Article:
Treating interference as noise (TIN) when it is sufficiently weak is one of the key principles of interference management for wireless networks. This dissertation revisits the optimality of TIN from an information theoretic perspective. It is shown that for K-user Gaussian interference channels, TIN achieves all points in the capacity region to within a constant gap, if for each user, the desired signal strength is no weaker than the sum of the strengths of the strongest interference caused by the user and the strongest interference suffered by the user (with all signal strengths measured in dB scale). We also extend the optimality of TIN to more general settings, including interference networks with general message sets, compound networks and MIMO interference channels, and characterize the secure capacity region within a constant gap for the identified TIN-optimal interference channels with secrecy constraints. Moreover, combining TIN with interference avoidance, we formulate a joint signal space and signal level optimization problem and propose a baseline decomposition approach.

The modern information age is heralded by exciting paradigms ranging from big data, cloud computing to internet of things. As information becomes increasingly available, privacy concerns are starting to take center-stage, especially in the communication networks that are used for information storage, repair, retrieval or transfer. The focus of this dissertation is on the private information retrieval (PIR) problem. PIR originated in theoretical computer science and cryptography, and has only recently started receiving attention in information and coding theory. PIR seeks the most efficient way for a user to retrieve a desired message from a set of N distributed servers, each of which stores all K messages, without revealing any information about which message is being retrieved to any individual server. It is a canonical problem with deep connections to a number of other prominent problems such as oblivious transfer, multiparty computation, locally decodable codes, batch codes and blind interference alignment.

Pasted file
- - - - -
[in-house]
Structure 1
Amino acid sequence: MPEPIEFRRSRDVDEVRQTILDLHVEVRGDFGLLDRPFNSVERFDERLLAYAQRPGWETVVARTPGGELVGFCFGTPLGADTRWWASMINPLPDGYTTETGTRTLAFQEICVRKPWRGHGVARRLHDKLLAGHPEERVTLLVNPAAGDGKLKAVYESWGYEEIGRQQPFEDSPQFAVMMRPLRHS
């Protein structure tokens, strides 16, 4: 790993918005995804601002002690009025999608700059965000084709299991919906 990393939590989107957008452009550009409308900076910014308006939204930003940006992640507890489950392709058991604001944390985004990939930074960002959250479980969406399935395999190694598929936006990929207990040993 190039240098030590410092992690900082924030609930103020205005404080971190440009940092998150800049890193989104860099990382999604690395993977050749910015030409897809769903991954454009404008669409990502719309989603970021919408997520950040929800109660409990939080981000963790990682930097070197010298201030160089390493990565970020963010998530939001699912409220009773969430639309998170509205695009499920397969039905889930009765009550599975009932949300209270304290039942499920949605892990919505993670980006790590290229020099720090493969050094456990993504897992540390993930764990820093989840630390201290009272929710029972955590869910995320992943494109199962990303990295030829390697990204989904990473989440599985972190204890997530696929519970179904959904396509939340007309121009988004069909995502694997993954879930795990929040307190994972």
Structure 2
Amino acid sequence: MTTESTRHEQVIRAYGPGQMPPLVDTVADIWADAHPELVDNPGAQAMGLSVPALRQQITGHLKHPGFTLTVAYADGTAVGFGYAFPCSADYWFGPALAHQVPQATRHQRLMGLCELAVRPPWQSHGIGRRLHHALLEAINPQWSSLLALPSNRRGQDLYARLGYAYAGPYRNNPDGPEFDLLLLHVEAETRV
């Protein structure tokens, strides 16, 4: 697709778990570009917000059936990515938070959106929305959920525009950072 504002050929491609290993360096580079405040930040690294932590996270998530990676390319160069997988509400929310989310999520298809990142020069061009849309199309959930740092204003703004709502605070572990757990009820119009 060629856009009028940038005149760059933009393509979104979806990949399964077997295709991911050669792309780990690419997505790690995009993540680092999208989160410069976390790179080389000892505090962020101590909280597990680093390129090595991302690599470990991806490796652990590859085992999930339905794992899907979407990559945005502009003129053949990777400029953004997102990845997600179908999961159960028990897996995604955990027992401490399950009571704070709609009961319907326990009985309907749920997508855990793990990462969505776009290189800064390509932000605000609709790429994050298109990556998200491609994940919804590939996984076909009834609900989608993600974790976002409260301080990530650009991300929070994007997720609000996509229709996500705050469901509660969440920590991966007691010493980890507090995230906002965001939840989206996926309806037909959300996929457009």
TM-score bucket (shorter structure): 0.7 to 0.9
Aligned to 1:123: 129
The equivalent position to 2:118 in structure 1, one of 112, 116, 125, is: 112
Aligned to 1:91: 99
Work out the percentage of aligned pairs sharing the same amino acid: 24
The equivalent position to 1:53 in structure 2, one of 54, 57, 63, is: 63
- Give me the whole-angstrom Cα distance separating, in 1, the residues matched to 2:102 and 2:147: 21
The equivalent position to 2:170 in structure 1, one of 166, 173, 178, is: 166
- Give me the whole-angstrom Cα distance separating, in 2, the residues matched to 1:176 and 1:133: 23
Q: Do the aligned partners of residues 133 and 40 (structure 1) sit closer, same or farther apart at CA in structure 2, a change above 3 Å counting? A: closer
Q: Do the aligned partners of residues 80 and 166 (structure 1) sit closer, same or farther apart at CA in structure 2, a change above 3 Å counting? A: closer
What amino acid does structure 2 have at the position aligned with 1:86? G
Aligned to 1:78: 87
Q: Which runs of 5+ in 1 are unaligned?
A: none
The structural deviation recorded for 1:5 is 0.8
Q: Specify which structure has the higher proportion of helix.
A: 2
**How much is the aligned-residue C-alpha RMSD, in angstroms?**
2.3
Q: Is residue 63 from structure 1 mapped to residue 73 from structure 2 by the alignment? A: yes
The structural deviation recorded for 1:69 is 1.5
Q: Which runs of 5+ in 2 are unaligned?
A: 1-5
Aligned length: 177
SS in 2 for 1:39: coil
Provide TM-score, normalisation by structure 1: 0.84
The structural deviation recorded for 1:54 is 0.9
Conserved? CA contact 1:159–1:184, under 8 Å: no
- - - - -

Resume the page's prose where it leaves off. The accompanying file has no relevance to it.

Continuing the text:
We will first identify the capacity of PIR, i.e., the maximum number of bits of desired information that can be privately retrieved per bit of downloaded information. This result is inspired by the discovery of an intriguing connection between PIR and blind interference alignment in wireless networks. Then we will discuss four extensions of PIR. The first extension is the TPIR problem, where we increase the privacy level, i.e., instead of requiring privacy to each individual server, we require privacy to any colluding set of up to T servers. We will characterize the capacity of TPIR and generalize the result to include robustness constraints, where we have M databases, out of which any M − N may fail to respond. The second extension is the MDS-TPIR problem, where we further generalize the storage constraint, i.e., instead of data replication, an MDS storage code is used to store the messages. In particular, we will disprove a recent conjecture on the capacity of MDS-TPIR. The third extension is the SPIR problem, a form of oblivious transfer where the privacy constraint is extended symmetrically to protect both the user and the servers. We will identify the capacity of SPIR. The final extension is MPIR, where the user and the servers communicate in multiple rounds. We will show that multiple rounds do not increase the capacity of PIR, but reduce the storage overhead. The results will shed light into the necessity for non-linear schemes and non-Shannon information inequalities.